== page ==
The other specific exams are especially common in elderly patients (e.g. ADLs,  IADLs, "get up and go" test) and in children (developmental screening) but include depression screening, MMSE, CAGE questions for alcohol, screens for domestic violence etc. In the exam situation, relevant screening instruments may be provided in the room. Specific items of physical exam include peak flows in asthmatics. Hint: Any unusual piece of equipment or paper in the room usually has a purpose!

Use your judgment about where to best record items such as CAGE, developmental, and domestic violence screening. They may be best in the HPI, RoS or their own heading in the history - but do remember to do and document them when appropriate.

If only performing a focused physical makes you really nervous and you don't want the reviewer to think you just forgot to do something, finish the PE section with a deferred statement e.g. "additional PE deferred" and consider putting items into the follow up plan e.g. "schedule for rectal /prostate examination".

Differential Diagnosis (Assessment)
This section assesses how well you synthesize the data from the H&P into plausible medical explanations AND your sense of the most probable diagnoses for this presentation in the specific type of patient seen (e.g. severe RIQ abdominal pain could be caused by appendicitis in a child, ovarian or tubal conditions in a woman of reproductive age, diverticular disease in an elder, inguinal hernia in a young man).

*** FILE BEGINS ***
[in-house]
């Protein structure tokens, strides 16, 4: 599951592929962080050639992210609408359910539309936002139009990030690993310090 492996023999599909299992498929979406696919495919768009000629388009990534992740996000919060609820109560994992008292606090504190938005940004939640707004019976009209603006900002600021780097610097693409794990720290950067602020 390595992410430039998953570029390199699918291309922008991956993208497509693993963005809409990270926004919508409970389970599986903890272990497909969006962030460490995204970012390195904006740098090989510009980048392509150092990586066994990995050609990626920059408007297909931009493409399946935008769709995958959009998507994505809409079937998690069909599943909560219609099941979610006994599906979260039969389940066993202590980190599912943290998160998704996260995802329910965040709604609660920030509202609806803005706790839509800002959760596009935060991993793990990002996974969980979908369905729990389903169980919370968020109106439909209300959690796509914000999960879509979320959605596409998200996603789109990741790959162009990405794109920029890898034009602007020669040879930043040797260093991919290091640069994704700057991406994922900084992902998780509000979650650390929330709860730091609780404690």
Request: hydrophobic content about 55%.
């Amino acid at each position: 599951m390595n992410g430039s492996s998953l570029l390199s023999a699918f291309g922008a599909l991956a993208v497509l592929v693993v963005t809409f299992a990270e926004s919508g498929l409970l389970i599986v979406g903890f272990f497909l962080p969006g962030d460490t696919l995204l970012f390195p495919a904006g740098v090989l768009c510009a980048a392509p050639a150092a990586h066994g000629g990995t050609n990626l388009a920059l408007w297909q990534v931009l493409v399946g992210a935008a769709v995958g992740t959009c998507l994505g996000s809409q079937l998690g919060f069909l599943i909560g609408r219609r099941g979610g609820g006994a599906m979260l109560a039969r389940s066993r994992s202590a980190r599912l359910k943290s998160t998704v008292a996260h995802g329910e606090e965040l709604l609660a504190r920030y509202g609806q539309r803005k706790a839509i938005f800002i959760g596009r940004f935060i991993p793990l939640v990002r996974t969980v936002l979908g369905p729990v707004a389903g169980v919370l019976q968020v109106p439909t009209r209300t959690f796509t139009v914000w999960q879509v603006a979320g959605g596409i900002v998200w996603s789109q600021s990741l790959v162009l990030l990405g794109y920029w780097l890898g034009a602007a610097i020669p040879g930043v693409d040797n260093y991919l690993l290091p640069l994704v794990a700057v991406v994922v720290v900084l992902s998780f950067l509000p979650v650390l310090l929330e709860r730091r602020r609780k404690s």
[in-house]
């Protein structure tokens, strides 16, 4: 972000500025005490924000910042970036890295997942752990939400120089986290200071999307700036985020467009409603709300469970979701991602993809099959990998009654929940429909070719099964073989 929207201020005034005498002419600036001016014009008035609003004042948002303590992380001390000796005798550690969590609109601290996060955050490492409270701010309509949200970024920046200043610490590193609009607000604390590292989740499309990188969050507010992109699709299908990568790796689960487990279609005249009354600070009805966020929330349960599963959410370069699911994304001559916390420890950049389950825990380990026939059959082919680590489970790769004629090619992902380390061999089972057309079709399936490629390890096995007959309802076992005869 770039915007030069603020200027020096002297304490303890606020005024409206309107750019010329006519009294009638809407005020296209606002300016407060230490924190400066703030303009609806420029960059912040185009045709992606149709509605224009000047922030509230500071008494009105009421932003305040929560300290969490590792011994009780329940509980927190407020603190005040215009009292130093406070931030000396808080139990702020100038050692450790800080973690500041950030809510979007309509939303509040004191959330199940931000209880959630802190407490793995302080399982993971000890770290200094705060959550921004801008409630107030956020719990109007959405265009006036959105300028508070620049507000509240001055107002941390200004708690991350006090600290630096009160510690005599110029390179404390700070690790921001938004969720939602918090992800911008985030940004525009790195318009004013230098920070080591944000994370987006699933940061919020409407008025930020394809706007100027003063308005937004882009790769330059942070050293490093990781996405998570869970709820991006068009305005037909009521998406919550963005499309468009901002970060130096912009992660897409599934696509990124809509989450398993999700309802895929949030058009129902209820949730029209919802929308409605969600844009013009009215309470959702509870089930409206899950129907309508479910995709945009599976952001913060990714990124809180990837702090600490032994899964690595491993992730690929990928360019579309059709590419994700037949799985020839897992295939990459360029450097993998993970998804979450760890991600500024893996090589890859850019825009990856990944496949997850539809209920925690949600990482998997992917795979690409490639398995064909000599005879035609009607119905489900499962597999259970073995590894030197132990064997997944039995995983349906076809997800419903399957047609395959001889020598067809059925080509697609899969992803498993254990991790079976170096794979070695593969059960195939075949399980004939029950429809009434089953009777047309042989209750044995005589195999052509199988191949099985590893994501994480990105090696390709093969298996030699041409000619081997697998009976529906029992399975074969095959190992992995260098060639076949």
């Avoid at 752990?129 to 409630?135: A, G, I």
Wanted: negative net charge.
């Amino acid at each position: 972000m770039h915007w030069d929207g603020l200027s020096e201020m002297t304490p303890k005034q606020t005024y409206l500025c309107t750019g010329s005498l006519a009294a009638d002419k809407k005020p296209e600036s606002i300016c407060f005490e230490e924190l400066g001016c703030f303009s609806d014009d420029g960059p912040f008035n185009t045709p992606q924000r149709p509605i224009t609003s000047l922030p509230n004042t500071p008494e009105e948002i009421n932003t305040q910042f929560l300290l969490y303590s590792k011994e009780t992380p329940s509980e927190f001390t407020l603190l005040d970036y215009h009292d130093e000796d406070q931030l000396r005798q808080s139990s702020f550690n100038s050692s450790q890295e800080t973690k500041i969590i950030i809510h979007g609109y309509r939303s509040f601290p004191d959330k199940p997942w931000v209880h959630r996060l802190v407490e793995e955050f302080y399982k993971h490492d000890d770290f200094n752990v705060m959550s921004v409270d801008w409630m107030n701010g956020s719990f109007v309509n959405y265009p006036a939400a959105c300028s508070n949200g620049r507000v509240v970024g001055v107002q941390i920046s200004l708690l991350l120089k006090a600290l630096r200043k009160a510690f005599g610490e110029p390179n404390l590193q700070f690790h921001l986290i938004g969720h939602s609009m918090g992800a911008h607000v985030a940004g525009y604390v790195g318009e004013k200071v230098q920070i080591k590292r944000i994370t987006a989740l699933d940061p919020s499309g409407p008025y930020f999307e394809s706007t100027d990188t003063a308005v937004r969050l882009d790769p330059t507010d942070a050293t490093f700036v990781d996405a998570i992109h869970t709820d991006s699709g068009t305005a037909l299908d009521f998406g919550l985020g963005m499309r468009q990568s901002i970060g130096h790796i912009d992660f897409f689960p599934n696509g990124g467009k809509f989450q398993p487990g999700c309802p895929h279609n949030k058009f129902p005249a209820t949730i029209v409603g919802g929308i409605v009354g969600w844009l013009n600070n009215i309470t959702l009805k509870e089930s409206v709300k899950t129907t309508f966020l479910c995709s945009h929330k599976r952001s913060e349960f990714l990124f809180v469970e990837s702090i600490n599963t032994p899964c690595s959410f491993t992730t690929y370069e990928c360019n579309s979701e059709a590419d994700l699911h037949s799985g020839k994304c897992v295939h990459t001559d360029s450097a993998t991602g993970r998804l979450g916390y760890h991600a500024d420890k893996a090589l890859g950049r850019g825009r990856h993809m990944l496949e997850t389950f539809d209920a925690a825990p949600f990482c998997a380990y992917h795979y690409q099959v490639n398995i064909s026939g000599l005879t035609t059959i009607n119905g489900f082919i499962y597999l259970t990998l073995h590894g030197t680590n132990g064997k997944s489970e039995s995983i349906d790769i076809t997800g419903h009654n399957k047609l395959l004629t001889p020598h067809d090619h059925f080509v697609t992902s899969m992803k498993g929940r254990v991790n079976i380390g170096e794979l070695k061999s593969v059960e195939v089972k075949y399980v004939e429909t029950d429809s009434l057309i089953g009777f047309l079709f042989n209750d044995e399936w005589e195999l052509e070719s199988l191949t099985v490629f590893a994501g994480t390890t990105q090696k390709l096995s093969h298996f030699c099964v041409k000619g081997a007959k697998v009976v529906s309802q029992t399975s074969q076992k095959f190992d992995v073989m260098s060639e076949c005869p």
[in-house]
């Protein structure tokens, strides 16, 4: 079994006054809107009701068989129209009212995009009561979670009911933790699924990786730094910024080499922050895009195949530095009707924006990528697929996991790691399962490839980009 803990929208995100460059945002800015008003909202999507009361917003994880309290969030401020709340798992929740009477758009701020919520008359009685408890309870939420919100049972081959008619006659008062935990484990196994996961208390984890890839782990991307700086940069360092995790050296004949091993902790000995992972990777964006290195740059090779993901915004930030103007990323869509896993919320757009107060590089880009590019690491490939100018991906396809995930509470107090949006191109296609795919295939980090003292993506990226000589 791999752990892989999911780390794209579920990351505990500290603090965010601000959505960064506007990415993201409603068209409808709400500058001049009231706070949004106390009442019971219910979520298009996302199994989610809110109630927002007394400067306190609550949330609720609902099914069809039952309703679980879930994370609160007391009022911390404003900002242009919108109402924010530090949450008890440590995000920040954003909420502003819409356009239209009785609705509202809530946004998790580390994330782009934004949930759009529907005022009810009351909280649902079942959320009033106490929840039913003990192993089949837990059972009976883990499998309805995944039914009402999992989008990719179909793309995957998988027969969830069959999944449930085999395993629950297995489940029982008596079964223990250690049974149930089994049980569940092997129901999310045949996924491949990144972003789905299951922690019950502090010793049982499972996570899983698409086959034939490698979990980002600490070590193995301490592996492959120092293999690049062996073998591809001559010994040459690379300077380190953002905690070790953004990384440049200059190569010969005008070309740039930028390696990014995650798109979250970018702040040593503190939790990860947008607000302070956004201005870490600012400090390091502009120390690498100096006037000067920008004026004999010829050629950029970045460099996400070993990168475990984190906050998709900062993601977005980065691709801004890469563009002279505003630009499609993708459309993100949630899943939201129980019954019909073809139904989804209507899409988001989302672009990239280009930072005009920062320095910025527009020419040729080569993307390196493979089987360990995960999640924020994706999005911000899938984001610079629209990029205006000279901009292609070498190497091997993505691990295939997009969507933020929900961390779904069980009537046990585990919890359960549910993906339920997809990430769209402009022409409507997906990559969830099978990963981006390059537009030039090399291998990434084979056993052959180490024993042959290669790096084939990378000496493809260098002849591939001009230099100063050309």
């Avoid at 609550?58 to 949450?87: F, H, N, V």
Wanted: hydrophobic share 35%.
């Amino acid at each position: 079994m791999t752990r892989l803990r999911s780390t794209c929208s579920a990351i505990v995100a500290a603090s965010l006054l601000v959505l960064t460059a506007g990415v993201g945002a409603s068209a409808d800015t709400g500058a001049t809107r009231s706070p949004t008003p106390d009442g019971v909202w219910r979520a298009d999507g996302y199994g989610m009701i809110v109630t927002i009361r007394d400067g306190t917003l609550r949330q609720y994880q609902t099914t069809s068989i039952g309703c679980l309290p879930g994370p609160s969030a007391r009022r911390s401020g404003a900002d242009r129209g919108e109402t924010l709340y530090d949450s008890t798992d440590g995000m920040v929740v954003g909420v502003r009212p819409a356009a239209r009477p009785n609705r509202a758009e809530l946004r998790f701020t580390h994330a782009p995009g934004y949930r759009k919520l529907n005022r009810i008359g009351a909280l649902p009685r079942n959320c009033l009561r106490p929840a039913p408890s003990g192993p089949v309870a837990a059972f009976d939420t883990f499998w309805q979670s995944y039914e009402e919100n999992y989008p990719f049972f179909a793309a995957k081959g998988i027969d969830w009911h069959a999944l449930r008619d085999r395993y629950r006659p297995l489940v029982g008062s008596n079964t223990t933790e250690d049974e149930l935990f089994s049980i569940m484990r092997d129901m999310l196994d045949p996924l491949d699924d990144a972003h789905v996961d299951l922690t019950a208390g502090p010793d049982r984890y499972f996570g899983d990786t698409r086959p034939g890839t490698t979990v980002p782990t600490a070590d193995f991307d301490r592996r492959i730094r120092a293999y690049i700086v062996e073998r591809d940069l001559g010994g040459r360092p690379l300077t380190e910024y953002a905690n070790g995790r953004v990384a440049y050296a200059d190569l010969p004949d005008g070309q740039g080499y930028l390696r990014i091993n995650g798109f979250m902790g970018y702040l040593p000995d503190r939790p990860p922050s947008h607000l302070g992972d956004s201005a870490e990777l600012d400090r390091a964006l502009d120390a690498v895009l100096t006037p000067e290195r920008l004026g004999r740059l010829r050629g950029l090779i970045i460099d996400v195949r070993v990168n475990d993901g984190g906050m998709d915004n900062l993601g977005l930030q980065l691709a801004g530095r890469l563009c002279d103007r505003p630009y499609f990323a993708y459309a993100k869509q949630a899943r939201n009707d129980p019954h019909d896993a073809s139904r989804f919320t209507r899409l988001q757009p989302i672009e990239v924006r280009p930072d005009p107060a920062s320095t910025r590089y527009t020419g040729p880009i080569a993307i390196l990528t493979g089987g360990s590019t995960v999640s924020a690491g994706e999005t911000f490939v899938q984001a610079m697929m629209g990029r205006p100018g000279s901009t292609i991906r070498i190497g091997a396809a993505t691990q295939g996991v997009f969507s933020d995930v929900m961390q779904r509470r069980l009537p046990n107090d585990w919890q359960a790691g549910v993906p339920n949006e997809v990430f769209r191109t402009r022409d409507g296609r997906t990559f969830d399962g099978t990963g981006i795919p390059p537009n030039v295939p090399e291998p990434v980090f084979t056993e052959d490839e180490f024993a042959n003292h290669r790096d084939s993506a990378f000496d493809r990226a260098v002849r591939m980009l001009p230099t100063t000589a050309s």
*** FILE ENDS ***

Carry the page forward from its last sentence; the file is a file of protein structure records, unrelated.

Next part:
Follow the instructions noting:

  1. You don't have to list 5 if only a few are sufficient.
  2. Name specific diseases or conditions and get the terminology/spelling correct - do not repeat symptoms
  3. The conditions should be listed in order of probability - you have to commit!
  4. The evidence for the conditions listed must be in the note e.g. you cannot list depression if relevant signs, symptoms, history have not been documented.

Note: The focus is always on your patient communication and assessment skills, not your ability to guess "the right diagnosis". Even in USMLE-CS, the scoring system is based on how you conduct the interview and propose a differential and plan. Focus on the most probable explanations for the case and don't try to impress the examiners with "exotics".

In the clerkship, a specific diagnosis may not be clear and the patient may have more than one condition to reflect the realities of primary care and geriatrics. Don't forget to list important comorbidies like hypertension.